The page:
I chanced upon Javvy at the computer the other day watching this... I found this quite hilarious and I want to share this with you guys. This is for the days when you think the gods above are messing with you, and hopefully they aren't.
So, if you feel like it's not your day, just laugh it off like I did with this one.
What happens when an eccentric English teacher decides to stage Shakespeare's "A Midsummer Night's Dream" wherein the fairy Puck, is played by a fairy in the queer sense?
The Bard meets coming-out in this gay journey -and by gay- they literally break into song and dance that is unlike any musical about teenagers doing a musical. "Were the World Mine" is director Tom Gustafson's take on the Bard's most popular play of four lovers getting mixed up by a playful fairy [I just love using that word today]; cleverly blending the dynamics of Shakespeare's characters into the homophobic world in which Timothy [Tanner Cohen] sticks out like a sore thumb -bullied by the jocks, misunderstood by his own mother, and finding solace in the closet -LITERALLY, he retreats inside his room closet. Classic fairy tale, right? [there I go again, hehehehehe...]
But what is a fairy tale without magic? I believe that inside each and every one of us lives something the bard called "love-in-idleness" [if you've read/know the play, you know what I mean; but if you haven't, take it as it is] and it may take a little fairy dust to awaken it -and it's not always a purple flower as Oberon knows it to be. Not to give away anything too much, let's just say Timothy comes upon this magic to which he has the power to simply make someone love another.
"If you could make someone love you, would you?"
Sick and tired of being the odd one out [get it, "odd one OUT"?], Timothy has his way with this newfound power, and does what Puck would, finds himself in the loving arms of the Jonathan the Jock [Nathaniel David Becker], and makes sure he's not the only fairy out there. Personally, I just love the way the wit of Shakespeare's play bleeds into the film's writing ever so subtly.
When the lines of gender are blurred, and social conventions are thrown out the window, Timothy's postcard perfect suburban town finds itself in the midst of the homosexual threat. Trust me, it's not as serious as I have typed away. But it is indeed a mess of Shakespearean proportions.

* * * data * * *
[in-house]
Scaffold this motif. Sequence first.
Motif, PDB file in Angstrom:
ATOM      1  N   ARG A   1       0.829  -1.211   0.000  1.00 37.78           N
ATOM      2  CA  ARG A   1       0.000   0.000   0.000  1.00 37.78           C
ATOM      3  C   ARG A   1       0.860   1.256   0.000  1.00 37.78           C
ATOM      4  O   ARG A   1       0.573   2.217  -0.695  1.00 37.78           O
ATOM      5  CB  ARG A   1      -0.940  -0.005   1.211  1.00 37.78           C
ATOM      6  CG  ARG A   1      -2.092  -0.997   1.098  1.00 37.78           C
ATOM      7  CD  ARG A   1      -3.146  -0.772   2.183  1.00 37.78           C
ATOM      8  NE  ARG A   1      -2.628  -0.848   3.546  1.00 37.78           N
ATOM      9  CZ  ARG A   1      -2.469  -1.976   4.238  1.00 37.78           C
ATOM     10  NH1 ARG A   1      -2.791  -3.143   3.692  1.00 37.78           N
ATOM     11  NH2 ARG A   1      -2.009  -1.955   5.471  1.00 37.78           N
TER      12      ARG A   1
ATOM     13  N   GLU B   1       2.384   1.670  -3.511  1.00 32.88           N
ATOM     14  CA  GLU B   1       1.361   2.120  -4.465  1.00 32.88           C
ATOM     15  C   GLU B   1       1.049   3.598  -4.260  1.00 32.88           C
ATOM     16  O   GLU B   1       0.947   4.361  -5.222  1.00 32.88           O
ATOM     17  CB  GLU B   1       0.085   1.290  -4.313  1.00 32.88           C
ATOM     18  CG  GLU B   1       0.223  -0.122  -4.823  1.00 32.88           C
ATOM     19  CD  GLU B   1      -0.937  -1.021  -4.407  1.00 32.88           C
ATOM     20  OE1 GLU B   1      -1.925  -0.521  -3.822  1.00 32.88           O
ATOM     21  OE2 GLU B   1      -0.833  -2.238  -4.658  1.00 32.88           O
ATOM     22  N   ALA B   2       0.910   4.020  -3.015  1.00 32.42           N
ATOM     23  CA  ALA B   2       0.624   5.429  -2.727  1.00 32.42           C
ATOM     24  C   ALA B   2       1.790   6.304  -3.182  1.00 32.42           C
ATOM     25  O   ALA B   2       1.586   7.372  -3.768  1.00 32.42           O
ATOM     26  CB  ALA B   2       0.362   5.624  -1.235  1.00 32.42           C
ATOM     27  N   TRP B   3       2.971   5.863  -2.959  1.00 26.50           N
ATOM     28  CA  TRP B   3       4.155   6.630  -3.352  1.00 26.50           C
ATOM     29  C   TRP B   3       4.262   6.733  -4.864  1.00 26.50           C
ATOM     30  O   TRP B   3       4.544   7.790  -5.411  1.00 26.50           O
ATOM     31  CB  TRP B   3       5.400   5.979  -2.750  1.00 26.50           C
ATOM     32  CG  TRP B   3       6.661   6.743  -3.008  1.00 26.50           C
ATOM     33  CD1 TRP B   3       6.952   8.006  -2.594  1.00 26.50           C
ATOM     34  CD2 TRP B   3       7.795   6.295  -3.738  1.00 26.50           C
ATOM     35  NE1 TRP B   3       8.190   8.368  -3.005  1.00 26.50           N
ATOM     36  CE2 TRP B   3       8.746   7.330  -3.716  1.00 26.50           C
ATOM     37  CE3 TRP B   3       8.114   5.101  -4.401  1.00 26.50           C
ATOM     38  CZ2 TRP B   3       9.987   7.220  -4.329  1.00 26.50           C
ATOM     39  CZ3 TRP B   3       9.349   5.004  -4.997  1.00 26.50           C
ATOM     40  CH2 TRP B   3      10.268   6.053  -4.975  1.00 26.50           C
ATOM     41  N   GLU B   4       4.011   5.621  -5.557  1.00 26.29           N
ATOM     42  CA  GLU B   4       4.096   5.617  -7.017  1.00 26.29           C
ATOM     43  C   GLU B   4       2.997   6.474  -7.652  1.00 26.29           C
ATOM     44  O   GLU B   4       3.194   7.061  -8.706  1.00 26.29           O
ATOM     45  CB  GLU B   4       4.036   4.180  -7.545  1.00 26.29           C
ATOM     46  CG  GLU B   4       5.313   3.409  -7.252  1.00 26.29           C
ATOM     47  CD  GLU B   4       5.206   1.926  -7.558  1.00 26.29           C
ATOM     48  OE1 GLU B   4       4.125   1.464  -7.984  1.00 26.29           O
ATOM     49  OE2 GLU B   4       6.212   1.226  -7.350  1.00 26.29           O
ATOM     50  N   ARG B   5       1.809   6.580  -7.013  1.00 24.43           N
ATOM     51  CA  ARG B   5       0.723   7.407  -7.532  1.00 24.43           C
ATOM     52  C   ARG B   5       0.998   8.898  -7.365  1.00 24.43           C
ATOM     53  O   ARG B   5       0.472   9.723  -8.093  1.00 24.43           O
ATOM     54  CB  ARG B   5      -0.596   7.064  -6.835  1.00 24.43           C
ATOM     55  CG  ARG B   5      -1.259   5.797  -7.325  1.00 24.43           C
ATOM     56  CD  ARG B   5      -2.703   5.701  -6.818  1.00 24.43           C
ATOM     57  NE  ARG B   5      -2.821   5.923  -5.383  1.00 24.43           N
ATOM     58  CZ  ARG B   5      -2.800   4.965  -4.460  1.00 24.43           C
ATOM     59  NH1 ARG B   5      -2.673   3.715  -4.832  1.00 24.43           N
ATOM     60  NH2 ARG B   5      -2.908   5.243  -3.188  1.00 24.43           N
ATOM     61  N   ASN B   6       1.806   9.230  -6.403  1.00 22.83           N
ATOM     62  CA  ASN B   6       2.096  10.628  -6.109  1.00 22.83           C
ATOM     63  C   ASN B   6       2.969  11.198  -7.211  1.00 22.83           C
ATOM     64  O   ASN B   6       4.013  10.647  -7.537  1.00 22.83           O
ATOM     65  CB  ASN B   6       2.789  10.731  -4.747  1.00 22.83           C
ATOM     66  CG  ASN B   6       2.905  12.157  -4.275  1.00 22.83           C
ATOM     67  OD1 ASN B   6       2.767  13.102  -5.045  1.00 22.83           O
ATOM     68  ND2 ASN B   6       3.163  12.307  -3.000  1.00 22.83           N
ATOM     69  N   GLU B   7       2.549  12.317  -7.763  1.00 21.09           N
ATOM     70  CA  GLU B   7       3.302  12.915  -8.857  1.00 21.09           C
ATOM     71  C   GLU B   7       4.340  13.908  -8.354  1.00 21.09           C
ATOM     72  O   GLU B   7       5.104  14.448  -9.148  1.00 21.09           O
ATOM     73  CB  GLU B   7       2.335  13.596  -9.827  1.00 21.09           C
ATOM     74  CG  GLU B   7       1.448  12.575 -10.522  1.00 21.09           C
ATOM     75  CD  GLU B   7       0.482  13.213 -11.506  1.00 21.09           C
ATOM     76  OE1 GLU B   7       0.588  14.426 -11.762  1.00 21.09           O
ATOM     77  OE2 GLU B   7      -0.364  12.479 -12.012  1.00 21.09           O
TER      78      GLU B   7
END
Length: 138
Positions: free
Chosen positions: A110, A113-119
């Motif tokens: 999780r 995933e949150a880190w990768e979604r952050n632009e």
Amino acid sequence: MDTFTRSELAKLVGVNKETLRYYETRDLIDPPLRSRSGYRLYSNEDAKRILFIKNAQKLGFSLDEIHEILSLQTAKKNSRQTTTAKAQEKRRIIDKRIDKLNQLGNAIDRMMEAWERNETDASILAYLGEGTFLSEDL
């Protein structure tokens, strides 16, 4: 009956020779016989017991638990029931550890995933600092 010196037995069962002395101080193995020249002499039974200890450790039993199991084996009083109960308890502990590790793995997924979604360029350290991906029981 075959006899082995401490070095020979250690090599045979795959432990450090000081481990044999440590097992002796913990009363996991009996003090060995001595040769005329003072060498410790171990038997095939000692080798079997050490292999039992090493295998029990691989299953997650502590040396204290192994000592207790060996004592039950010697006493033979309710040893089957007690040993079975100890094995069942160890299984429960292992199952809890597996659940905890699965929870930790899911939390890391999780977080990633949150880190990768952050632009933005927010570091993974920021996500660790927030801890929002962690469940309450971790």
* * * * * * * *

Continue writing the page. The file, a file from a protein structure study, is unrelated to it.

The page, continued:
Yet one wild night of doing mischief in the wood, is just that, one night. And when all else that seems romantic the moonlight submits itself to the harsh light of the sun, some things are better left to the night. But I ask you, not to be discouraged by that last sentence for there is some magic left for our fairy, and Love being the most potent magic of all leaves a few more surprises.
[the wooden statue that draws millions to the the streets of Quiapo has a devotion that is over three centuries old. image courtesy of Dennis Villegas]
Today, over two million devotees will make their way to the old Manila district of Quiapo where upon those narrow and labyrinthine streets a wooden image of Jesus Christ bearing the cross called the Black Nazarene or Poong Nazareno [Poon translates to "lord"] will be processed on what I personally claim to be the longest a religious image takes to complete an entire procession cycle.
If you are a Filipino and a Filipino Catholic for that matter, you know how these processions are expected to end from anywhere between eight to twelve hours after it begins at noon. The sea of people and devotees in bare feet pulling and tugging at the rope that goes before the carriage [called Carroza in the local Hispanized vernacular], and the motion that seems to explode in all directions as people try to hang on to the rope while moving the procession forward as some attempt to climb and touch the wooden image of Christ, are images immortal to this Feast.
A few years ago, The Barefoot Baklesa absent-mindedly headed to Quiapo on the actual feast day of the Black Nazarene, and he was unprepared for the sight he would behold. Coming down from Palanca Street did I realize that it was the famed day when once a year, that black wooden image would grace the streets of the old Manila district. Why is it black you ask?
Well, there are a few legends associated to the tint of the skin on the statue. Some say it was due to the fires that struck Quiapo Church in the 1700s and some time in the 1920s, others say it was due to the dark wood they carved the image out of, then there's that of the galleon that brought it here having been set fire to, or that one where the Black Nazarene was brought to the country with a Black Seated Christ Crowned with Thorns [Cristo de la Pacencia being the title of the iconography here] which was housed in the nearby church of San Sebastian, which perished in the fires of the war.
[one of the many replicas of the Black Nazarene makes its way through the streets of Quiapo; hundreds of such images usually follow the main image throughout the procession. photo courtesy of docarlonasol]
But, I'm getting carried away again...
I guess other that the fact that Quiapo is such a melting-pot worthy of Socio-Anthropological study where contrasting worlds seem to stand side by side with a magic all it's own, Quiapo was the place where I got jolted -so to speak- to a Genuine Spiritual State.
As I stood there frozen, the tail end of the explosive crowd that bore the the wooden image of Christ passing before me, at that moment, there was this humming silence as the crowd moved on; and for what seemed like an eternity crammed in mere seconds, I felt as if God himself had walked the Earth and just passed by in front of me... Still sends chills down my spine a few years on -also this is the first time I am writing about it.
I wish thee all the blessings that come with this day.